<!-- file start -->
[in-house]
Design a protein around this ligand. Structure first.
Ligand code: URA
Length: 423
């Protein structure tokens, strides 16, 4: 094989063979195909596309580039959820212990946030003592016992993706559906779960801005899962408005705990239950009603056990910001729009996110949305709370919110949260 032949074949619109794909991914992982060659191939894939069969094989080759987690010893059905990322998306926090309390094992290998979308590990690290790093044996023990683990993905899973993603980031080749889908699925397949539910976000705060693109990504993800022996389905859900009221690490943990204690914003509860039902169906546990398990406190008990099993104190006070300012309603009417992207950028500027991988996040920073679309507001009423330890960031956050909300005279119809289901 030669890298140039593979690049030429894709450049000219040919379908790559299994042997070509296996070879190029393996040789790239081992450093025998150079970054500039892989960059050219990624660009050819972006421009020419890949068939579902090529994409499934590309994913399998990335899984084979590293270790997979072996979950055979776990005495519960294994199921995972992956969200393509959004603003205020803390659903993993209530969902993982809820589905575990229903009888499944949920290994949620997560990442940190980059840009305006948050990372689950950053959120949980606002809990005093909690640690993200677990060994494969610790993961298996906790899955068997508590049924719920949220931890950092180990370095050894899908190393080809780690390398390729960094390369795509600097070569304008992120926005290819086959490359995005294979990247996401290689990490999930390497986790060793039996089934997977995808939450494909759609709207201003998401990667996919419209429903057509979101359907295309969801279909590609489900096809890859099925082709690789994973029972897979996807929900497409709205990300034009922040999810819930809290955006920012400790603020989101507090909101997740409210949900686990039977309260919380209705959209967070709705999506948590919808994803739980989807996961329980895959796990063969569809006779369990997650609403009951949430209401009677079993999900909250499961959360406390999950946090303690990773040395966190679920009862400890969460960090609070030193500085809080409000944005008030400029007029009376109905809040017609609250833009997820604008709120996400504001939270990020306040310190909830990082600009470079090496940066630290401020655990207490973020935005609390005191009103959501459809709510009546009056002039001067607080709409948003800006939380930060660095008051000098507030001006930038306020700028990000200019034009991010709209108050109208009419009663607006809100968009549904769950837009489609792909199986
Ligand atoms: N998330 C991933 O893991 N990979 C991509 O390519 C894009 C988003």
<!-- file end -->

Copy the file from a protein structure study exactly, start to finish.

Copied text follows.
[in-house]
Design a protein around this ligand. Structure first.
Ligand code: URA
Length: 423
């Protein structure tokens, strides 16, 4: 094989063979195909596309580039959820212990946030003592016992993706559906779960801005899962408005705990239950009603056990910001729009996110949305709370919110949260 032949074949619109794909991914992982060659191939894939069969094989080759987690010893059905990322998306926090309390094992290998979308590990690290790093044996023990683990993905899973993603980031080749889908699925397949539910976000705060693109990504993800022996389905859900009221690490943990204690914003509860039902169906546990398990406190008990099993104190006070300012309603009417992207950028500027991988996040920073679309507001009423330890960031956050909300005279119809289901 030669890298140039593979690049030429894709450049000219040919379908790559299994042997070509296996070879190029393996040789790239081992450093025998150079970054500039892989960059050219990624660009050819972006421009020419890949068939579902090529994409499934590309994913399998990335899984084979590293270790997979072996979950055979776990005495519960294994199921995972992956969200393509959004603003205020803390659903993993209530969902993982809820589905575990229903009888499944949920290994949620997560990442940190980059840009305006948050990372689950950053959120949980606002809990005093909690640690993200677990060994494969610790993961298996906790899955068997508590049924719920949220931890950092180990370095050894899908190393080809780690390398390729960094390369795509600097070569304008992120926005290819086959490359995005294979990247996401290689990490999930390497986790060793039996089934997977995808939450494909759609709207201003998401990667996919419209429903057509979101359907295309969801279909590609489900096809890859099925082709690789994973029972897979996807929900497409709205990300034009922040999810819930809290955006920012400790603020989101507090909101997740409210949900686990039977309260919380209705959209967070709705999506948590919808994803739980989807996961329980895959796990063969569809006779369990997650609403009951949430209401009677079993999900909250499961959360406390999950946090303690990773040395966190679920009862400890969460960090609070030193500085809080409000944005008030400029007029009376109905809040017609609250833009997820604008709120996400504001939270990020306040310190909830990082600009470079090496940066630290401020655990207490973020935005609390005191009103959501459809709510009546009056002039001067607080709409948003800006939380930060660095008051000098507030001006930038306020700028990000200019034009991010709209108050109208009419009663607006809100968009549904769950837009489609792909199986
Ligand atoms: N998330 C991933 O893991 N990979 C991509 O390519 C894009 C988003």